Von Willebrand disease (VWD) is a bleeding disorder that causes a person’s blood to not clot properly.
Blood contains proteins that help the blood clot—and one of these proteins is called Von Willebrand factor. People with VWD either have a low level of factor in the blood or the protein doesn’t work the way it should. This can lead to heavy bleeding that is difficult to stop. This type of heavy bleeding can sometimes be serious enough to damage joints and internal organs—or can even become life-threatening.
Who is affected by Von Willebrand?
VWD is the most common bleeding disorder, found in up to 1 percent of the U.S. population. This means that 3.2 million (or about 1 in every 100) people in the United States have the disorder.
Although VWD occurs among men and women equally, women are more likely to notice the symptoms due to heavy or abnormal bleeding during menstrual periods and childbirth.
What causes Von Willebrand?
Most people who have VWD are born with the disorder. It’s nearly always inherited—or passed down—from a parent to a child. VWD can be passed down from either the mother or the father, or both, to the child.
While rare, it is possible for a person to have VWD without a family history of the disease. This can happen if a spontaneous mutation occurs. That means there has been a change in the person’s gene.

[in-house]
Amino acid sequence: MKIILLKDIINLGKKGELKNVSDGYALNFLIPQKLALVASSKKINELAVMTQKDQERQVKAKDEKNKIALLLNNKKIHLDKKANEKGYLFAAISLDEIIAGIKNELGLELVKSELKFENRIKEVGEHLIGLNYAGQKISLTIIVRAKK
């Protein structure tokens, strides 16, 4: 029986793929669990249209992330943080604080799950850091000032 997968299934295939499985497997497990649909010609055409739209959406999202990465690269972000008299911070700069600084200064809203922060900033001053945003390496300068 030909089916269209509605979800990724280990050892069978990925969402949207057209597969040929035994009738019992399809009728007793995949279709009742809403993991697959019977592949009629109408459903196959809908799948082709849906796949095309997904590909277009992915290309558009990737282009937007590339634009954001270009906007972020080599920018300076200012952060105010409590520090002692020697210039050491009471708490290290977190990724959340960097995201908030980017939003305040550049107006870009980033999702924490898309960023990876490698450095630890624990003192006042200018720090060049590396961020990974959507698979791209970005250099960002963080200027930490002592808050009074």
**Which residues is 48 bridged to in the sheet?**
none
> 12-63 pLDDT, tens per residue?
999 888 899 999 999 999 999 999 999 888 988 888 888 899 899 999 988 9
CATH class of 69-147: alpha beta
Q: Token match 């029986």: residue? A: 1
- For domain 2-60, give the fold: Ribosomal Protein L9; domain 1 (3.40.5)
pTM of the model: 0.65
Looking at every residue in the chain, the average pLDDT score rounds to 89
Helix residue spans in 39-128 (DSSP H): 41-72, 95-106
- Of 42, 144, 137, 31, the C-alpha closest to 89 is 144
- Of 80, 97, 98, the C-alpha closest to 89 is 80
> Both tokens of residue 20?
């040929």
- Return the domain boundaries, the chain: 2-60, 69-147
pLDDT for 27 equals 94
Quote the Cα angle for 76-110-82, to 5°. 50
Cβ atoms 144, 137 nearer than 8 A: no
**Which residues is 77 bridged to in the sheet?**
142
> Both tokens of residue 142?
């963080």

What are some of the signs and symptoms of Von Willebrand?
- Frequent, spontaneous nosebleeds that are difficult to stop and last more than five minutes
- Easy bruising that occurs with little or no injury, usually several times a month
- Women with VWD might have heavy menstrual periods
- Longer than normal bleeding after injury, surgery, childbirth, and dental work
- Bleeding into joints or internal organs in severe cases
How is Von Willebrand diagnosed?
To find out if you have VWD, your doctor will:
- Review personal and family histories of bleeding
- Discuss unusual bruising or other signs of recent bleeding
- Check routine medications that could cause bleeding or make existing symptoms worse
- Order blood tests to measure how the blood is clotting
What treatments are available?
The treatments prescribed for VWD depend on the type and severity of the disorder. For minor bleeds, treatment may not be necessary.
ARJ pharmacists and specialty-trained infusion nurses provide compassionate, customized care to treat bleeding disorders like VWD. Early treatment makes a difference—and infusion care is available for patients in the comfort of home.
Source: cdc.gov »
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